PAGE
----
Strangers Once More : Patterns of Disaffiliation from Mormonism
Journal for the Scientific Study of Religion
Wiley ; Society for the Scientific Study of Religion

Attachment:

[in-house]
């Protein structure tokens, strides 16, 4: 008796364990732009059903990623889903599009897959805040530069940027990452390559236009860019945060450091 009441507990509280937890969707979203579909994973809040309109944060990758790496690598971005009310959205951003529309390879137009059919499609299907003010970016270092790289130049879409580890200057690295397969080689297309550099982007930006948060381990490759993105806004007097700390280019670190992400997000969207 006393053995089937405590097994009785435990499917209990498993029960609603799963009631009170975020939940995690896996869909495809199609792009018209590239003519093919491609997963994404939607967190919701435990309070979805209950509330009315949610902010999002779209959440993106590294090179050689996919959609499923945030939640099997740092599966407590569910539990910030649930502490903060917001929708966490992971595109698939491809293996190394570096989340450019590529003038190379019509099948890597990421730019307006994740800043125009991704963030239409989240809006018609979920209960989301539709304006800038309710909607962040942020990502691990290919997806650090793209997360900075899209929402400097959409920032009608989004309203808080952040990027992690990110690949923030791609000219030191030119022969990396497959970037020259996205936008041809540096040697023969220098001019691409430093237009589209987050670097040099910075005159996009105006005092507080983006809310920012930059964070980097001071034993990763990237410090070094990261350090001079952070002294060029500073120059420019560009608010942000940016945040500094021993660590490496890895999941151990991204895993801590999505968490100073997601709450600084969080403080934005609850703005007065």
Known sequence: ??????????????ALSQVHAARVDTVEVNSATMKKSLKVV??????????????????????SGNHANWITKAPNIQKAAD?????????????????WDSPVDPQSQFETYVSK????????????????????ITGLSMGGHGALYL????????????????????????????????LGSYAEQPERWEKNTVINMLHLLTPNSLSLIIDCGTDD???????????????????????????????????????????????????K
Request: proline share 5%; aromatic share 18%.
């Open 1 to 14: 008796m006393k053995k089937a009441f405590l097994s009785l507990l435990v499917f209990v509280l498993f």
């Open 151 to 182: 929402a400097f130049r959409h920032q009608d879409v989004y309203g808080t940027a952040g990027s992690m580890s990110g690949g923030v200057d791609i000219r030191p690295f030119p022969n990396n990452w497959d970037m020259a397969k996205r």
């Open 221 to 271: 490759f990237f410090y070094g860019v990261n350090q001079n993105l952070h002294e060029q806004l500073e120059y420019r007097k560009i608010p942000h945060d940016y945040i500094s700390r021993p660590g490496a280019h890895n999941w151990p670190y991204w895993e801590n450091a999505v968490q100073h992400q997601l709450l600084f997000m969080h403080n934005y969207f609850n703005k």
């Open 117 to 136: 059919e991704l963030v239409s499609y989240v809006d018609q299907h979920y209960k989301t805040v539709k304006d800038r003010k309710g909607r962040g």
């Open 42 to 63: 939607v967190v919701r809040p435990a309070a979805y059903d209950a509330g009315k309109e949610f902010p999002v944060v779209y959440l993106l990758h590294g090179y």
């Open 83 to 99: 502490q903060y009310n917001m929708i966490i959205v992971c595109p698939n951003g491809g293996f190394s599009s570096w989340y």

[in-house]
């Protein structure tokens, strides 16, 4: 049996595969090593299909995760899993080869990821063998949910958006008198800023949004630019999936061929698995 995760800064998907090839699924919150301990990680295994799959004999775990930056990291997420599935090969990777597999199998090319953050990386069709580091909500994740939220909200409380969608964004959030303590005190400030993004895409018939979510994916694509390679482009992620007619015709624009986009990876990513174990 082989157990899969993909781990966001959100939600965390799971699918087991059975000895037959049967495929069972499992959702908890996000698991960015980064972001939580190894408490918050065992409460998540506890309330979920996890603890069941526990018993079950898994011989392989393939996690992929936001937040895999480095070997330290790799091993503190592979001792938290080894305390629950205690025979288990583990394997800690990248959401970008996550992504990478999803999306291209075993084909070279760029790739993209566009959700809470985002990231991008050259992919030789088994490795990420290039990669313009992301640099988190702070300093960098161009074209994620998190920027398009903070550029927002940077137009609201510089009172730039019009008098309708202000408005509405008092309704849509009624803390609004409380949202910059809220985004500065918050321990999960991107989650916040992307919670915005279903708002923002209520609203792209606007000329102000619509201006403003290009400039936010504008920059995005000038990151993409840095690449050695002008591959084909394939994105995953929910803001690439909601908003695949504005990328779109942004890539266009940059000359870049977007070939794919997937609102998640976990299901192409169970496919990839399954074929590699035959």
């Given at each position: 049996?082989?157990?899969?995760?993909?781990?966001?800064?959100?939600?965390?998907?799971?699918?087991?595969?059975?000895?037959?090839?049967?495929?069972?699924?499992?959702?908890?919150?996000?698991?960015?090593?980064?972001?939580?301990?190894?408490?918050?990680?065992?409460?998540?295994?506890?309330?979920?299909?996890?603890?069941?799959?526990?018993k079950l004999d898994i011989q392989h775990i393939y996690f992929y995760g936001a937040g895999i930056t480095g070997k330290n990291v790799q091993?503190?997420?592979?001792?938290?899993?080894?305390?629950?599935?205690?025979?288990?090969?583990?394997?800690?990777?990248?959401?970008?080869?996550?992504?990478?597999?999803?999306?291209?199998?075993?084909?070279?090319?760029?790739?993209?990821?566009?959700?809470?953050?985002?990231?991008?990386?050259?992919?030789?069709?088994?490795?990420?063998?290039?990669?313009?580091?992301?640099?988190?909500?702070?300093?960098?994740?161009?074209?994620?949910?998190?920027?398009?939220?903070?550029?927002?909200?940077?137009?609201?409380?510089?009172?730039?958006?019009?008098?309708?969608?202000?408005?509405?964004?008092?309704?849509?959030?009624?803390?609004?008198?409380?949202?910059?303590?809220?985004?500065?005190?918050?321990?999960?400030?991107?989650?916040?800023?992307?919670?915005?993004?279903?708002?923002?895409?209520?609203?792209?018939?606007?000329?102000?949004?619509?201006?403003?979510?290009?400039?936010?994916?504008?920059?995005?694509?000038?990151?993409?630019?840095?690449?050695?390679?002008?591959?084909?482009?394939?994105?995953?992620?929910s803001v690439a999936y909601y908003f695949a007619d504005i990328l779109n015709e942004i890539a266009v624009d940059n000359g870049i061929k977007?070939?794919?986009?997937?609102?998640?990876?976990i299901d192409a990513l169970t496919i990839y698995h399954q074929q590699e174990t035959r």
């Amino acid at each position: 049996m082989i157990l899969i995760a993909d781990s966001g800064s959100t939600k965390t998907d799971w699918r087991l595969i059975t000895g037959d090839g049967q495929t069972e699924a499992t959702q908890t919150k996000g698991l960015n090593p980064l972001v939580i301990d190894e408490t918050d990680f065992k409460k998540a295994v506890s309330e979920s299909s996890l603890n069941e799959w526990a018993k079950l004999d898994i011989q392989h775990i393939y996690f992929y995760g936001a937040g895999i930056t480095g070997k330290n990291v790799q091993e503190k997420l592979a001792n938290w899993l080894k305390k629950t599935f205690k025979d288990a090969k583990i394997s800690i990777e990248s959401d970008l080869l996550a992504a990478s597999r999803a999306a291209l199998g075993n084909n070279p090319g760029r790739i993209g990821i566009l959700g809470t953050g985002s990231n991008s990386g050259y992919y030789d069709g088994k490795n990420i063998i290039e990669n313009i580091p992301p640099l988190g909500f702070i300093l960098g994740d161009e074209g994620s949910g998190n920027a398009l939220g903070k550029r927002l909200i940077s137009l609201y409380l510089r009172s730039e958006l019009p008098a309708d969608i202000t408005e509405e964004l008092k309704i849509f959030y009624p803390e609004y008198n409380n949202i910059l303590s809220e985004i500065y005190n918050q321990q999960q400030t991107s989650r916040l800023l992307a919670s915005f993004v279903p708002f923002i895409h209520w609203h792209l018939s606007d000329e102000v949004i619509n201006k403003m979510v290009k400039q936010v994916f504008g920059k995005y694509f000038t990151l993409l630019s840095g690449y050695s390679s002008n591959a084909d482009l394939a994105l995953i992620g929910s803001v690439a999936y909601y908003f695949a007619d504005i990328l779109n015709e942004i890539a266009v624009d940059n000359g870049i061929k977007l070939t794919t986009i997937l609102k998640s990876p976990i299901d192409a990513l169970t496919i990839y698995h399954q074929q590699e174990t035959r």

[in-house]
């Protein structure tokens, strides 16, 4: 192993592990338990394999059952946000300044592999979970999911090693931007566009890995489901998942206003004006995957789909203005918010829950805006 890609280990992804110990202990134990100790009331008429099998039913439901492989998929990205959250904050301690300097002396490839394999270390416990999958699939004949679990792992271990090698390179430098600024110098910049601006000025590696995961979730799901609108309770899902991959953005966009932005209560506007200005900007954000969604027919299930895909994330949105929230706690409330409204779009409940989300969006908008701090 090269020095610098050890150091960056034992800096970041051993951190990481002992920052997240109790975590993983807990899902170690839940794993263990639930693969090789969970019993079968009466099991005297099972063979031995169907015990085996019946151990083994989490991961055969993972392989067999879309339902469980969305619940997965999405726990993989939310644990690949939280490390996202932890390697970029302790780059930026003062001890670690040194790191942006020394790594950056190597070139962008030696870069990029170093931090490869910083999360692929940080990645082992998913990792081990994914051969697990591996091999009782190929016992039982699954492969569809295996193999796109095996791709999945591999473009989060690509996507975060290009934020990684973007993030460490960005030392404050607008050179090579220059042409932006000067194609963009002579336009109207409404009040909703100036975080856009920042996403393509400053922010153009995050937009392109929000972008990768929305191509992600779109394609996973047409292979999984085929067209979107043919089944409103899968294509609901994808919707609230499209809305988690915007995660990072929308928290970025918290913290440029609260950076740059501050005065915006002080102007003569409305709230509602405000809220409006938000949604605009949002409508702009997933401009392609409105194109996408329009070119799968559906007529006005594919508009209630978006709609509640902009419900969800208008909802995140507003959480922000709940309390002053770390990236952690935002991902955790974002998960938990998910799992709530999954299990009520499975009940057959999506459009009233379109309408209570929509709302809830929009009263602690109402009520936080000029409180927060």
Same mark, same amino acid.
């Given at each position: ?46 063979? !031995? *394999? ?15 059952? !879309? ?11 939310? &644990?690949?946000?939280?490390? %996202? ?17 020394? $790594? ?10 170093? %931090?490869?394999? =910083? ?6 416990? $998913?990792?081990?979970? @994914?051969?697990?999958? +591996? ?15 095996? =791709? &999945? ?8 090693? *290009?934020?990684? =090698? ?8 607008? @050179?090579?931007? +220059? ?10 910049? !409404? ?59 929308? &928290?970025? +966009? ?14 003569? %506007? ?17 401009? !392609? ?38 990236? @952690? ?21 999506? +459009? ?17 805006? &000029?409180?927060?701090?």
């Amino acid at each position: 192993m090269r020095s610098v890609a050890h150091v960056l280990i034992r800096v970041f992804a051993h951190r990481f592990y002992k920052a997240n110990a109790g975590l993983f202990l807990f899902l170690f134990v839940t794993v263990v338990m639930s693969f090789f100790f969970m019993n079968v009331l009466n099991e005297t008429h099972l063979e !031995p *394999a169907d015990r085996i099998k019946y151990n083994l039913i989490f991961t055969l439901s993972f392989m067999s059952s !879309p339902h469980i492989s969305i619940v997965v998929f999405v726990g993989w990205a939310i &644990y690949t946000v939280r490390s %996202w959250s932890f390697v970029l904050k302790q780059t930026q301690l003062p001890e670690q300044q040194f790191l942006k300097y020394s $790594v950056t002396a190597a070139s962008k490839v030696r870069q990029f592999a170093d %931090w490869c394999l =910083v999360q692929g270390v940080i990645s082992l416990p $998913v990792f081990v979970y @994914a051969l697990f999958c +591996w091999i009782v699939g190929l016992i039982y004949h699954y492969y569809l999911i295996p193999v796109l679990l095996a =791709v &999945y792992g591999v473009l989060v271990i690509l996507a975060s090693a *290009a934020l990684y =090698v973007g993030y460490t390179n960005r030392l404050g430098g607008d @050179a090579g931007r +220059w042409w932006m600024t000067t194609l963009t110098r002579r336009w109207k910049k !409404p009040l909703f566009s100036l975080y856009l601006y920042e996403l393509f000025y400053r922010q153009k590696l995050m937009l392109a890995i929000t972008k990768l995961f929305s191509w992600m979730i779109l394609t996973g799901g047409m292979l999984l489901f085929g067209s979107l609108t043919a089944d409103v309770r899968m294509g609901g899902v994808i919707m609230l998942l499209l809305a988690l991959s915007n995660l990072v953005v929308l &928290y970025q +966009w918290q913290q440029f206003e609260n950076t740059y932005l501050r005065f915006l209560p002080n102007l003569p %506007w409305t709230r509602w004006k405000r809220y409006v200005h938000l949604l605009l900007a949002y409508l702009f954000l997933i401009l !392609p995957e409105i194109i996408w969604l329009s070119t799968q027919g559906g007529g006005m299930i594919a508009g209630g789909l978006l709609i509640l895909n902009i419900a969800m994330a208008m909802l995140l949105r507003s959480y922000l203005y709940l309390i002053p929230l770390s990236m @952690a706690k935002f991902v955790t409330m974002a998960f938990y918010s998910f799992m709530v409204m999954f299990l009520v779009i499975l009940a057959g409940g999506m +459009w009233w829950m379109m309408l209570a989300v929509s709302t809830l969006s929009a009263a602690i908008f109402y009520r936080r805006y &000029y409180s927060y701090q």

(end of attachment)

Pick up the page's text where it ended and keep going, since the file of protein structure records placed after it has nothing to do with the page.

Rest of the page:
The personal accounts of 30 ex-Mormons are employed to illuminate the processes of disaffiliation from Mormonism. Some of the most common patterns of falling away are portrayed and some of the challenges these people faced as they became ex-Mormons are recounted. Because of the low sample, the findings were not generalized to religious or Mormon disaffiliates. However flawed the sample, they found that most disaffiliates from Mormonism were always marginal members who drifted along on the fringes of Church activity. Among the disaffiliates, there was a high rate of divorce in their own and their parent's families. The minority of disaffiliates from Mormonism who were once fervent followers exhibited several common factors associated with their disaffiliation: family break-up, intellectual apostasy, and the 'push' of unmet needs or exclusionary practices. They found that most disaffiliates from Mormonism pointed to multiple causes for their defection. They found the Brinkerhoff- Burke typology of the disaffiliation process to be too limiting and extended it from four to nine cells.